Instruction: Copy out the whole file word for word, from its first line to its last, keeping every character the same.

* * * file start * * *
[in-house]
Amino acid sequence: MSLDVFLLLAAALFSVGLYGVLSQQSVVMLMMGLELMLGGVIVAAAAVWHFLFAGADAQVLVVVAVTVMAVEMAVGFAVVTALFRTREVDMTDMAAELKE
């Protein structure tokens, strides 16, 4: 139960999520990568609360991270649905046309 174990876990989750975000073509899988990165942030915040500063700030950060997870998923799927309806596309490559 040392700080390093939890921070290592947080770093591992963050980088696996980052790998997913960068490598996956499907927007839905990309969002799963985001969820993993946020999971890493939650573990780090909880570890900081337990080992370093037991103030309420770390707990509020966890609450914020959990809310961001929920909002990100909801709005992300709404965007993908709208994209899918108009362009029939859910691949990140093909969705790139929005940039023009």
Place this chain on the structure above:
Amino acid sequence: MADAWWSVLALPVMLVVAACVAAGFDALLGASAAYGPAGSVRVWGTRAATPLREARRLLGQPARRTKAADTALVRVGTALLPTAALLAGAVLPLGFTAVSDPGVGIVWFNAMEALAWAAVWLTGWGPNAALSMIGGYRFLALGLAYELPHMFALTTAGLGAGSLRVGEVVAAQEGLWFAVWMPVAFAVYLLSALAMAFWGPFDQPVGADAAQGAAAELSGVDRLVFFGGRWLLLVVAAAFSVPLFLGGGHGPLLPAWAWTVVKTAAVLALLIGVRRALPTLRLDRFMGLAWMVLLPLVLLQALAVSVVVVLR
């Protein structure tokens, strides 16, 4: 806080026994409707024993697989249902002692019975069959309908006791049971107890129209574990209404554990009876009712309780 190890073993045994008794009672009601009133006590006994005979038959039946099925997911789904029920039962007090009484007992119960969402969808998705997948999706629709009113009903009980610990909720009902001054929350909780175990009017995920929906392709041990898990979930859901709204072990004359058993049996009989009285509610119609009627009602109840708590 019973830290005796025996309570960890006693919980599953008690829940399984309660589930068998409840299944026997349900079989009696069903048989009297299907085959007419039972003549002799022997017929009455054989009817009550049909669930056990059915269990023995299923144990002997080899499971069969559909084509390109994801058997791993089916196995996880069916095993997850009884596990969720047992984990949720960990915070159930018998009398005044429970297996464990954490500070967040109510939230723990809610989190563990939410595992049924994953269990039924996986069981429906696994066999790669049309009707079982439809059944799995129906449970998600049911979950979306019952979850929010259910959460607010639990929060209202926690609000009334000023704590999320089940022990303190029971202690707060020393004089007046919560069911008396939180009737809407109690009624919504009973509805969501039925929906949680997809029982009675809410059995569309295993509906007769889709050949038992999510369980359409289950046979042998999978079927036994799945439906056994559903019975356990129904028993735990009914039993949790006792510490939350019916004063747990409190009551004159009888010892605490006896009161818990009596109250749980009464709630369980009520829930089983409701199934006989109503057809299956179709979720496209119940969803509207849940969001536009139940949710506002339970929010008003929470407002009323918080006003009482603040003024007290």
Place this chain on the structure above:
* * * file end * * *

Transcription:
[in-house]
Amino acid sequence: MSLDVFLLLAAALFSVGLYGVLSQQSVVMLMMGLELMLGGVIVAAAAVWHFLFAGADAQVLVVVAVTVMAVEMAVGFAVVTALFRTREVDMTDMAAELKE
């Protein structure tokens, strides 16, 4: 139960999520990568609360991270649905046309 174990876990989750975000073509899988990165942030915040500063700030950060997870998923799927309806596309490559 040392700080390093939890921070290592947080770093591992963050980088696996980052790998997913960068490598996956499907927007839905990309969002799963985001969820993993946020999971890493939650573990780090909880570890900081337990080992370093037991103030309420770390707990509020966890609450914020959990809310961001929920909002990100909801709005992300709404965007993908709208994209899918108009362009029939859910691949990140093909969705790139929005940039023009």
Place this chain on the structure above:
Amino acid sequence: MADAWWSVLALPVMLVVAACVAAGFDALLGASAAYGPAGSVRVWGTRAATPLREARRLLGQPARRTKAADTALVRVGTALLPTAALLAGAVLPLGFTAVSDPGVGIVWFNAMEALAWAAVWLTGWGPNAALSMIGGYRFLALGLAYELPHMFALTTAGLGAGSLRVGEVVAAQEGLWFAVWMPVAFAVYLLSALAMAFWGPFDQPVGADAAQGAAAELSGVDRLVFFGGRWLLLVVAAAFSVPLFLGGGHGPLLPAWAWTVVKTAAVLALLIGVRRALPTLRLDRFMGLAWMVLLPLVLLQALAVSVVVVLR
């Protein structure tokens, strides 16, 4: 806080026994409707024993697989249902002692019975069959309908006791049971107890129209574990209404554990009876009712309780 190890073993045994008794009672009601009133006590006994005979038959039946099925997911789904029920039962007090009484007992119960969402969808998705997948999706629709009113009903009980610990909720009902001054929350909780175990009017995920929906392709041990898990979930859901709204072990004359058993049996009989009285509610119609009627009602109840708590 019973830290005796025996309570960890006693919980599953008690829940399984309660589930068998409840299944026997349900079989009696069903048989009297299907085959007419039972003549002799022997017929009455054989009817009550049909669930056990059915269990023995299923144990002997080899499971069969559909084509390109994801058997791993089916196995996880069916095993997850009884596990969720047992984990949720960990915070159930018998009398005044429970297996464990954490500070967040109510939230723990809610989190563990939410595992049924994953269990039924996986069981429906696994066999790669049309009707079982439809059944799995129906449970998600049911979950979306019952979850929010259910959460607010639990929060209202926690609000009334000023704590999320089940022990303190029971202690707060020393004089007046919560069911008396939180009737809407109690009624919504009973509805969501039925929906949680997809029982009675809410059995569309295993509906007769889709050949038992999510369980359409289950046979042998999978079927036994799945439906056994559903019975356990129904028993735990009914039993949790006792510490939350019916004063747990409190009551004159009888010892605490006896009161818990009596109250749980009464709630369980009520829930089983409701199934006989109503057809299956179709979720496209119940969803509207849940969001536009139940949710506002339970929010008003929470407002009323918080006003009482603040003024007290």
Place this chain on the structure above: